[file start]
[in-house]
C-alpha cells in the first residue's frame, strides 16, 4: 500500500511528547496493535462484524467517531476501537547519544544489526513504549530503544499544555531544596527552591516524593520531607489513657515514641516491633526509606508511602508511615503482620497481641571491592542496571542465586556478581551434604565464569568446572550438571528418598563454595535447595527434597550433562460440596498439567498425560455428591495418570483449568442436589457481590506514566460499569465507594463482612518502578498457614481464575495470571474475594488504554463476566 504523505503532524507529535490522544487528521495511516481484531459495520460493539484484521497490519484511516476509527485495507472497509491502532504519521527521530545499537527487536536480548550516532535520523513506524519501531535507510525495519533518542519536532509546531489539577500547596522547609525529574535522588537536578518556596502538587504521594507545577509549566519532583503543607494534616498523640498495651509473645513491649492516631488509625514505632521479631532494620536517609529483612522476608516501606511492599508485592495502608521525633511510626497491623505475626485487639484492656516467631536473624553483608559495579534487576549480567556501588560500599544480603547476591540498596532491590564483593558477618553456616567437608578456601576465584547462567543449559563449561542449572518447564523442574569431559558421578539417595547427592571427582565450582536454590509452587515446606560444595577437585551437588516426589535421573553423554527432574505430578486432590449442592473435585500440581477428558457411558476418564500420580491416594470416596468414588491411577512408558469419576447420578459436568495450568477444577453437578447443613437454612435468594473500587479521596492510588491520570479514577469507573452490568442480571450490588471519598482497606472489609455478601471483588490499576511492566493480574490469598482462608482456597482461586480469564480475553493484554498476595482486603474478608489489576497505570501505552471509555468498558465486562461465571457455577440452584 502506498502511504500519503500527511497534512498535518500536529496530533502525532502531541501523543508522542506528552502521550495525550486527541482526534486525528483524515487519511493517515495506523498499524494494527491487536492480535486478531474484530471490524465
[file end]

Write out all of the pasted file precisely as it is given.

[in-house]
C-alpha cells in the first residue's frame, strides 16, 4: 500500500511528547496493535462484524467517531476501537547519544544489526513504549530503544499544555531544596527552591516524593520531607489513657515514641516491633526509606508511602508511615503482620497481641571491592542496571542465586556478581551434604565464569568446572550438571528418598563454595535447595527434597550433562460440596498439567498425560455428591495418570483449568442436589457481590506514566460499569465507594463482612518502578498457614481464575495470571474475594488504554463476566 504523505503532524507529535490522544487528521495511516481484531459495520460493539484484521497490519484511516476509527485495507472497509491502532504519521527521530545499537527487536536480548550516532535520523513506524519501531535507510525495519533518542519536532509546531489539577500547596522547609525529574535522588537536578518556596502538587504521594507545577509549566519532583503543607494534616498523640498495651509473645513491649492516631488509625514505632521479631532494620536517609529483612522476608516501606511492599508485592495502608521525633511510626497491623505475626485487639484492656516467631536473624553483608559495579534487576549480567556501588560500599544480603547476591540498596532491590564483593558477618553456616567437608578456601576465584547462567543449559563449561542449572518447564523442574569431559558421578539417595547427592571427582565450582536454590509452587515446606560444595577437585551437588516426589535421573553423554527432574505430578486432590449442592473435585500440581477428558457411558476418564500420580491416594470416596468414588491411577512408558469419576447420578459436568495450568477444577453437578447443613437454612435468594473500587479521596492510588491520570479514577469507573452490568442480571450490588471519598482497606472489609455478601471483588490499576511492566493480574490469598482462608482456597482461586480469564480475553493484554498476595482486603474478608489489576497505570501505552471509555468498558465486562461465571457455577440452584 502506498502511504500519503500527511497534512498535518500536529496530533502525532502531541501523543508522542506528552502521550495525550486527541482526534486525528483524515487519511493517515495506523498499524494494527491487536492480535486478531474484530471490524465